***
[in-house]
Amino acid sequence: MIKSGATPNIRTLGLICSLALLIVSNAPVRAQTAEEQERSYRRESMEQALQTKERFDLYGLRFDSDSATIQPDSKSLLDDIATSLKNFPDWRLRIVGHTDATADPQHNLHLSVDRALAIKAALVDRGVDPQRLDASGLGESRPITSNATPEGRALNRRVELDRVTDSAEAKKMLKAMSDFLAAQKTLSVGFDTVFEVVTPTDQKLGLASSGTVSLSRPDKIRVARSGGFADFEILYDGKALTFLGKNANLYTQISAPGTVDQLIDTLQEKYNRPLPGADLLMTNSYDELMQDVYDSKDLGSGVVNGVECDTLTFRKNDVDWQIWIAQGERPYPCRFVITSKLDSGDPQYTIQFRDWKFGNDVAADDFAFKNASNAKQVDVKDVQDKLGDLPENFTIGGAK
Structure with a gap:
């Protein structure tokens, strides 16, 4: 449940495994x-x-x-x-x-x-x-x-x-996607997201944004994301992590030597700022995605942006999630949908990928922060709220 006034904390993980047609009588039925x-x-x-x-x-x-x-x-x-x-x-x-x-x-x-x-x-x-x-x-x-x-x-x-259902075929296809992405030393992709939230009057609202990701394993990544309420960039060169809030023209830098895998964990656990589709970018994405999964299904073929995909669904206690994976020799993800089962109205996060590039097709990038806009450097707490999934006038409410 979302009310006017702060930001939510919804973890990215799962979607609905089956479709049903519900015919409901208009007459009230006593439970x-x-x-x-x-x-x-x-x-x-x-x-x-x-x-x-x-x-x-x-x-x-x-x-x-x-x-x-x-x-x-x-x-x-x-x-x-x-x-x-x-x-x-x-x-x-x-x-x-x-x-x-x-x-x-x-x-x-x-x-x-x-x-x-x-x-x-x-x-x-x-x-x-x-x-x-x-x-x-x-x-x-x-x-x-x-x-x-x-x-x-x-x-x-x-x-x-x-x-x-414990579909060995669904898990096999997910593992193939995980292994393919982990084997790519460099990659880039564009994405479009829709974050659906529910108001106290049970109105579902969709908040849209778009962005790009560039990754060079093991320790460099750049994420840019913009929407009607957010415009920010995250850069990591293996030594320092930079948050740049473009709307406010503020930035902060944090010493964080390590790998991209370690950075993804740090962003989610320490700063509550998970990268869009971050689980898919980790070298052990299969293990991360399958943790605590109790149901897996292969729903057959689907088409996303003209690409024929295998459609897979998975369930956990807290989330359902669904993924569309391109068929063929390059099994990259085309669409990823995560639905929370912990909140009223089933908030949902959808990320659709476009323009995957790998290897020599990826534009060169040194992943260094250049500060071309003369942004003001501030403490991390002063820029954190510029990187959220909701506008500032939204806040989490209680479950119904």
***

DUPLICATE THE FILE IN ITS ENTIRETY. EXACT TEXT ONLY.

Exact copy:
[in-house]
Amino acid sequence: MIKSGATPNIRTLGLICSLALLIVSNAPVRAQTAEEQERSYRRESMEQALQTKERFDLYGLRFDSDSATIQPDSKSLLDDIATSLKNFPDWRLRIVGHTDATADPQHNLHLSVDRALAIKAALVDRGVDPQRLDASGLGESRPITSNATPEGRALNRRVELDRVTDSAEAKKMLKAMSDFLAAQKTLSVGFDTVFEVVTPTDQKLGLASSGTVSLSRPDKIRVARSGGFADFEILYDGKALTFLGKNANLYTQISAPGTVDQLIDTLQEKYNRPLPGADLLMTNSYDELMQDVYDSKDLGSGVVNGVECDTLTFRKNDVDWQIWIAQGERPYPCRFVITSKLDSGDPQYTIQFRDWKFGNDVAADDFAFKNASNAKQVDVKDVQDKLGDLPENFTIGGAK
Structure with a gap:
């Protein structure tokens, strides 16, 4: 449940495994x-x-x-x-x-x-x-x-x-996607997201944004994301992590030597700022995605942006999630949908990928922060709220 006034904390993980047609009588039925x-x-x-x-x-x-x-x-x-x-x-x-x-x-x-x-x-x-x-x-x-x-x-x-259902075929296809992405030393992709939230009057609202990701394993990544309420960039060169809030023209830098895998964990656990589709970018994405999964299904073929995909669904206690994976020799993800089962109205996060590039097709990038806009450097707490999934006038409410 979302009310006017702060930001939510919804973890990215799962979607609905089956479709049903519900015919409901208009007459009230006593439970x-x-x-x-x-x-x-x-x-x-x-x-x-x-x-x-x-x-x-x-x-x-x-x-x-x-x-x-x-x-x-x-x-x-x-x-x-x-x-x-x-x-x-x-x-x-x-x-x-x-x-x-x-x-x-x-x-x-x-x-x-x-x-x-x-x-x-x-x-x-x-x-x-x-x-x-x-x-x-x-x-x-x-x-x-x-x-x-x-x-x-x-x-x-x-x-x-x-x-x-414990579909060995669904898990096999997910593992193939995980292994393919982990084997790519460099990659880039564009994405479009829709974050659906529910108001106290049970109105579902969709908040849209778009962005790009560039990754060079093991320790460099750049994420840019913009929407009607957010415009920010995250850069990591293996030594320092930079948050740049473009709307406010503020930035902060944090010493964080390590790998991209370690950075993804740090962003989610320490700063509550998970990268869009971050689980898919980790070298052990299969293990991360399958943790605590109790149901897996292969729903057959689907088409996303003209690409024929295998459609897979998975369930956990807290989330359902669904993924569309391109068929063929390059099994990259085309669409990823995560639905929370912990909140009223089933908030949902959808990320659709476009323009995957790998290897020599990826534009060169040194992943260094250049500060071309003369942004003001501030403490991390002063820029954190510029990187959220909701506008500032939204806040989490209680479950119904």